As a recruiter who works with many different clients, the term “big data” is heard a lot. It seems like every company is searching for game-changing big data hires, whether it is an entry level role or a senior level spot. But what does big data actually mean, and how can we, as recruiters, make sure we are effectively fulfilling big data roles for our clients?
Big data is defined as large data sets that are analyzed to find patterns and trends to help a company grow and learn more about their clients’ and/or customers’ behaviors. That being said, every company has their own analytical needs depending on their value proposition and their target markets. Here are some tips I have learned to better understand my clients’ needs:
Define Client Goals
Companies have different approaches when it comes to big data. Make sure as a recruiter you understand what exactly it is the client is looking to do with the information they collect. What are their goals? Are they looking for someone to create algorithms to analyze the numbers using R, or are they looking for someone to process the data using Hadoop clusters? Some companies want to assess in real-time and some want to store their intelligence and analyze it the next day. How your client wants to process information can determine what experience your targeted candidates need.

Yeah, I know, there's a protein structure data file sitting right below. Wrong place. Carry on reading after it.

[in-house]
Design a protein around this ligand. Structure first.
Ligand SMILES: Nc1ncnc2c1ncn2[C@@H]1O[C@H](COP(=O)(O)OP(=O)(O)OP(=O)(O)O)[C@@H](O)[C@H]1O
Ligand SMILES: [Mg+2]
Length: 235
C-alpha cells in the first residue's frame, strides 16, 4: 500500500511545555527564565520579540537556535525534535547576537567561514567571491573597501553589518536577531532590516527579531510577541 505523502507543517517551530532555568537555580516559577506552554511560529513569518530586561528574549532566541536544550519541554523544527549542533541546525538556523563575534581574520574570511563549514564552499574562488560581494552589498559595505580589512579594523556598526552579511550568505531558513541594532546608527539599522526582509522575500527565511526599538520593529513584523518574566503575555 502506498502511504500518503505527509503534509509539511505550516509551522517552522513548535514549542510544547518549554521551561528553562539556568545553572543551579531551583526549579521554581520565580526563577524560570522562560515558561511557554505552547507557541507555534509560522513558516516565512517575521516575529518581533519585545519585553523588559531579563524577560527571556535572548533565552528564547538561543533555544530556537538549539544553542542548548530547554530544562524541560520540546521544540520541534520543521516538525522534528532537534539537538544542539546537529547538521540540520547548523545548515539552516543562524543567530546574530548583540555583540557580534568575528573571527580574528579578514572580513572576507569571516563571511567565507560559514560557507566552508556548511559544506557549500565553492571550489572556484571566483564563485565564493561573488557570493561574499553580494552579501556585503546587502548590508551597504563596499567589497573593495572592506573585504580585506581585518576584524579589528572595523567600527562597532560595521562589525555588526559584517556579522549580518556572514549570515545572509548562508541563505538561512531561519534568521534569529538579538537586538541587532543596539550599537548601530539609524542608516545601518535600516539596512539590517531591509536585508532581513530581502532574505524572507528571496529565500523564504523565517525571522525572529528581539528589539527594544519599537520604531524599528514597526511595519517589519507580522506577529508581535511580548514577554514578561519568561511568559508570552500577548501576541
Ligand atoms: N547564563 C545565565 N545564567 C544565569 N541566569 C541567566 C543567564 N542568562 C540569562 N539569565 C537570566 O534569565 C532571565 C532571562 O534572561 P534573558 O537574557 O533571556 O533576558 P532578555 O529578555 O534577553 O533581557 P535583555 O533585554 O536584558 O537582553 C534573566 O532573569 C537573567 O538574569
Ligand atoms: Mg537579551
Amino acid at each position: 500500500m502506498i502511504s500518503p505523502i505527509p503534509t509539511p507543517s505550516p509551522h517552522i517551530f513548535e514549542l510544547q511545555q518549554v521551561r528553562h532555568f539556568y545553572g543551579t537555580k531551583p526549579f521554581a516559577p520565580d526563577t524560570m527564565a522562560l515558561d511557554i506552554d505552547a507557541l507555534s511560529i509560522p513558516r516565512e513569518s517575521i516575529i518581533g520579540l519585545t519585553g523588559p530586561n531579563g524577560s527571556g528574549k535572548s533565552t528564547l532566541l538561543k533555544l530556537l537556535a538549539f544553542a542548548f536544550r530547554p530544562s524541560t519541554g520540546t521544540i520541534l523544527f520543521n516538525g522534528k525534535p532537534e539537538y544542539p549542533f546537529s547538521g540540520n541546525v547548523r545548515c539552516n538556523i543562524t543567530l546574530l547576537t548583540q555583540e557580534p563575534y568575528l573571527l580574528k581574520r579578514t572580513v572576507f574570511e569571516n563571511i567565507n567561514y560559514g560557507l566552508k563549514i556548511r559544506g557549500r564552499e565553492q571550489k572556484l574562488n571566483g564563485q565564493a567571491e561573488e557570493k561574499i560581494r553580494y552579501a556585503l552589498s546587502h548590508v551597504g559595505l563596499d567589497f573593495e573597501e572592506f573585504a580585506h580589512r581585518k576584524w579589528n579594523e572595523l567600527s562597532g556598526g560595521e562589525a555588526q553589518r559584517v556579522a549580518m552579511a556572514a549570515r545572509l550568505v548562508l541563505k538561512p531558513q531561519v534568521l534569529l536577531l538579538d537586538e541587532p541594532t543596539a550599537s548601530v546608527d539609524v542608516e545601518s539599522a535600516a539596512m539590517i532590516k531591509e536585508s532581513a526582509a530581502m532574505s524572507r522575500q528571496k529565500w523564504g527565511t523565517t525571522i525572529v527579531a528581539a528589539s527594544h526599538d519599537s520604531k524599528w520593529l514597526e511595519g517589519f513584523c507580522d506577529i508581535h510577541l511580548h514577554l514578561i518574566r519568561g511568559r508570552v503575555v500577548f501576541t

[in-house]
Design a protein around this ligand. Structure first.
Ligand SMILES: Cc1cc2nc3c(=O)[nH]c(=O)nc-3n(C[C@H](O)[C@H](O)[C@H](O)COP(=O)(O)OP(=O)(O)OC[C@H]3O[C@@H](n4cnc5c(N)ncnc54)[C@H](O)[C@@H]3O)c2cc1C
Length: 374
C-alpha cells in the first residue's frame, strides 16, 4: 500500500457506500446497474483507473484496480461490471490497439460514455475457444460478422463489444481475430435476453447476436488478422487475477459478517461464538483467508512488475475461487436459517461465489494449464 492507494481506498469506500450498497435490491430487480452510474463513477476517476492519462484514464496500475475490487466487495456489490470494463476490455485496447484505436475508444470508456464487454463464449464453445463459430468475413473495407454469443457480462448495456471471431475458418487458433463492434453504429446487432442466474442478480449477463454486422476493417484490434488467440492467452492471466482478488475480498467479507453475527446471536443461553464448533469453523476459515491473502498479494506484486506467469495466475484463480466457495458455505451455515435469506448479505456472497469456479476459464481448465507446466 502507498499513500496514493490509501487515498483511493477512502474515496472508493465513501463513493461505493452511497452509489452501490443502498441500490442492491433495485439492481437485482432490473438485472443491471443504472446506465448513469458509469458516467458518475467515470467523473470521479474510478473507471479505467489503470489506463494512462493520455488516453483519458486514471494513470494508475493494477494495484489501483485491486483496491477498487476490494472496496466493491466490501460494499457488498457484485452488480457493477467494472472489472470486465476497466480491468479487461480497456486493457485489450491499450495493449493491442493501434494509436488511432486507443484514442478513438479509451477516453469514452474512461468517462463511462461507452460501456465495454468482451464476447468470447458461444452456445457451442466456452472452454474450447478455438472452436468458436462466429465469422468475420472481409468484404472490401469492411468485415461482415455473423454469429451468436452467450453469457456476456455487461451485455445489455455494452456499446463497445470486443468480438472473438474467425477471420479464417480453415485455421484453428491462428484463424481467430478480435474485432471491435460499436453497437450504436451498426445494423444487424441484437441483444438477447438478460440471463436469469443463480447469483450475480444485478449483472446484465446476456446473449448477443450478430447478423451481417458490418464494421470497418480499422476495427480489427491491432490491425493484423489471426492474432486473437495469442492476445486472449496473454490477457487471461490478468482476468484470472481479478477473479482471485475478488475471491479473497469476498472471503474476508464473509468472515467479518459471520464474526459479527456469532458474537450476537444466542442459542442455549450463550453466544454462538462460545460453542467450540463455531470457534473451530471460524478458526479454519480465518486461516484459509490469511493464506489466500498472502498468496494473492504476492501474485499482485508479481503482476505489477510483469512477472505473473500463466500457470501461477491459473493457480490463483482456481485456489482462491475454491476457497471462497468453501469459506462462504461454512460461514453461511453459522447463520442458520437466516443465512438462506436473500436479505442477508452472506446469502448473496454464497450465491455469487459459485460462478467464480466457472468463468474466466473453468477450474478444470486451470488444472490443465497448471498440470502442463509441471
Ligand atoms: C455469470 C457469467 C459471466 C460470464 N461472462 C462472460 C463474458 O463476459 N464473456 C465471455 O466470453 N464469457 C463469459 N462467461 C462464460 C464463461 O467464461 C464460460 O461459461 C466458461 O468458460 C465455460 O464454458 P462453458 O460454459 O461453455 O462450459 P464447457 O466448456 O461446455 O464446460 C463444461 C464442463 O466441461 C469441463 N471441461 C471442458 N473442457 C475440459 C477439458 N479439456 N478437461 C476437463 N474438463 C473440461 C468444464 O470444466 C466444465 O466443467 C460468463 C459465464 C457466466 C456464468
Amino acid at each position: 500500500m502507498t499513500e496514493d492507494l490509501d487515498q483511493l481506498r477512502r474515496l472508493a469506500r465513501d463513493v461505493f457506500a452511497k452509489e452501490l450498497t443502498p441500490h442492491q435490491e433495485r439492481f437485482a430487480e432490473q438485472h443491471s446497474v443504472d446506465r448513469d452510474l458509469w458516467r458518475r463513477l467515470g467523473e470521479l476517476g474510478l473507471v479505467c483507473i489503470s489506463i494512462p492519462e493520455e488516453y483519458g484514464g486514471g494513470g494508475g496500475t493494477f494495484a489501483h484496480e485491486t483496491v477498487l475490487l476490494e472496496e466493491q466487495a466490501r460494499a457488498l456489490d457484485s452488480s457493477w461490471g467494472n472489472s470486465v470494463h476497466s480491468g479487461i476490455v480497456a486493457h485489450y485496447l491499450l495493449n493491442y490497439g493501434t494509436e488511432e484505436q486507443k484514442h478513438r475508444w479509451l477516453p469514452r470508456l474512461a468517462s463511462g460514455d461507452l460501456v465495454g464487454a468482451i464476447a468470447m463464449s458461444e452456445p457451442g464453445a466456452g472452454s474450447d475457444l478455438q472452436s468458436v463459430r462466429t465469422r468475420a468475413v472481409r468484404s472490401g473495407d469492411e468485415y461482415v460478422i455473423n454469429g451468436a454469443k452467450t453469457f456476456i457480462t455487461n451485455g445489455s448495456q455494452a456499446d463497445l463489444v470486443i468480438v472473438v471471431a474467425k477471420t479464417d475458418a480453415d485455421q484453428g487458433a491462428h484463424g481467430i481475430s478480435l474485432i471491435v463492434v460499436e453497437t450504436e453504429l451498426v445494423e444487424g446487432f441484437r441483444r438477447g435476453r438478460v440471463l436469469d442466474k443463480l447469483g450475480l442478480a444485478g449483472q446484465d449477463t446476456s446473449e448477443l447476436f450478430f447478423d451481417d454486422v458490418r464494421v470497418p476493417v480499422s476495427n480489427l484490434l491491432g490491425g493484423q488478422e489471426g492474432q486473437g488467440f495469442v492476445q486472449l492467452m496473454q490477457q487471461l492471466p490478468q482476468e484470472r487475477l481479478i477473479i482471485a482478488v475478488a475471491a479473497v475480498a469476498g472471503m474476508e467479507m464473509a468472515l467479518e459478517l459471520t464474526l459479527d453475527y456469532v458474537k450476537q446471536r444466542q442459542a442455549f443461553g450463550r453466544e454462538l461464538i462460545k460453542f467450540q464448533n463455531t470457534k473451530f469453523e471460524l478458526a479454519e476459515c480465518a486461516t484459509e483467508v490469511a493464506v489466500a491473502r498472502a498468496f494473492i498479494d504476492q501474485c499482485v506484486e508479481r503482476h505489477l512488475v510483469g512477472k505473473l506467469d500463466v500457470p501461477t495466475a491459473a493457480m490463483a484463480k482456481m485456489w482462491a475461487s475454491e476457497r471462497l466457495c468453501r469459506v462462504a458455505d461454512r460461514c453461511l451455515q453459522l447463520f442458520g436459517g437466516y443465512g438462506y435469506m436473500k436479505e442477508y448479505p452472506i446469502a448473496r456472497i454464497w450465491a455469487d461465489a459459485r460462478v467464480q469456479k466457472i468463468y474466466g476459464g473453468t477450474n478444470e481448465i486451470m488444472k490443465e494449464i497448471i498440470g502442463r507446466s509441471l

Know Required Tech
Research the tools and technologies your client requires. You do not have to be an expert, but you should understand what these programs do and how they work together. There are many different technologies used to quantify and qualify and it is your job to find valuable candidates who excel with these platforms. Understanding the necessary tools that these roles utilize helps you to better refine your search. Here, your big data hiring protocol becomes clearly-defined, understood, and manageable.
Research Like a Detective
Look carefully at LinkedIn profiles and any other potential profiles you notice. Sometimes it is not always clear what a person’s foundation is. Their profiles could say they know Hadoop or have worked with data warehouses. However, he/she may not be a data architect, and depending on the level or responsibilities of the role, he/she may or may not be the best fit. Many companies use the same title for roles that are not similar at all, so it is imperative to examine candidate profiles with a fine-tooth comb.
Big data talent searches sound like big problems for recruiters. Don’t panic when you're recruiting and hiring! Keep your clients’ goals and objectives at the forefront. Are they looking for someone who has experience with specific types of data (i.e. ecommerce or banking)? Understand what your client is trying to accomplish. Research the vital software packages your prospects need to know. Thoroughly research every lead you encounter. Don’t be fooled by titles. Investigate backgrounds, skillsets, and capabilities. Ultimately, your data analysis impacts your client's.
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